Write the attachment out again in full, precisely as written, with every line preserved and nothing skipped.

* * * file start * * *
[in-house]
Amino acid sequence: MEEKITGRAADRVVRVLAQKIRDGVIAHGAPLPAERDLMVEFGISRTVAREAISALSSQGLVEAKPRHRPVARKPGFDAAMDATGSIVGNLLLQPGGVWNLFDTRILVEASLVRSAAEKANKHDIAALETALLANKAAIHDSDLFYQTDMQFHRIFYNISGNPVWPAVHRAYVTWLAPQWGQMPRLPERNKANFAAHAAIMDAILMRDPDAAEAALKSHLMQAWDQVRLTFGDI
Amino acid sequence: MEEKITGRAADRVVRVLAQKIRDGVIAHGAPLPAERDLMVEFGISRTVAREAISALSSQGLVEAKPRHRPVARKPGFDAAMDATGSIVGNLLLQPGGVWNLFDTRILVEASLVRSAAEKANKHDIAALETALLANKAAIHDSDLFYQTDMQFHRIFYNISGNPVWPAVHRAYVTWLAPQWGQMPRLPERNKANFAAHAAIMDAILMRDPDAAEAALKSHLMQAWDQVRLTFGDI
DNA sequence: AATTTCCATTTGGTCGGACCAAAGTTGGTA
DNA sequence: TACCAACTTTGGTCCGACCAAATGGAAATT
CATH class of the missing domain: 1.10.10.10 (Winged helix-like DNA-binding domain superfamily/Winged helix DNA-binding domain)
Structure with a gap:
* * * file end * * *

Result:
[in-house]
Amino acid sequence: MEEKITGRAADRVVRVLAQKIRDGVIAHGAPLPAERDLMVEFGISRTVAREAISALSSQGLVEAKPRHRPVARKPGFDAAMDATGSIVGNLLLQPGGVWNLFDTRILVEASLVRSAAEKANKHDIAALETALLANKAAIHDSDLFYQTDMQFHRIFYNISGNPVWPAVHRAYVTWLAPQWGQMPRLPERNKANFAAHAAIMDAILMRDPDAAEAALKSHLMQAWDQVRLTFGDI
Amino acid sequence: MEEKITGRAADRVVRVLAQKIRDGVIAHGAPLPAERDLMVEFGISRTVAREAISALSSQGLVEAKPRHRPVARKPGFDAAMDATGSIVGNLLLQPGGVWNLFDTRILVEASLVRSAAEKANKHDIAALETALLANKAAIHDSDLFYQTDMQFHRIFYNISGNPVWPAVHRAYVTWLAPQWGQMPRLPERNKANFAAHAAIMDAILMRDPDAAEAALKSHLMQAWDQVRLTFGDI
DNA sequence: AATTTCCATTTGGTCGGACCAAAGTTGGTA
DNA sequence: TACCAACTTTGGTCCGACCAAATGGAAATT
CATH class of the missing domain: 1.10.10.10 (Winged helix-like DNA-binding domain superfamily/Winged helix DNA-binding domain)
Structure with a gap: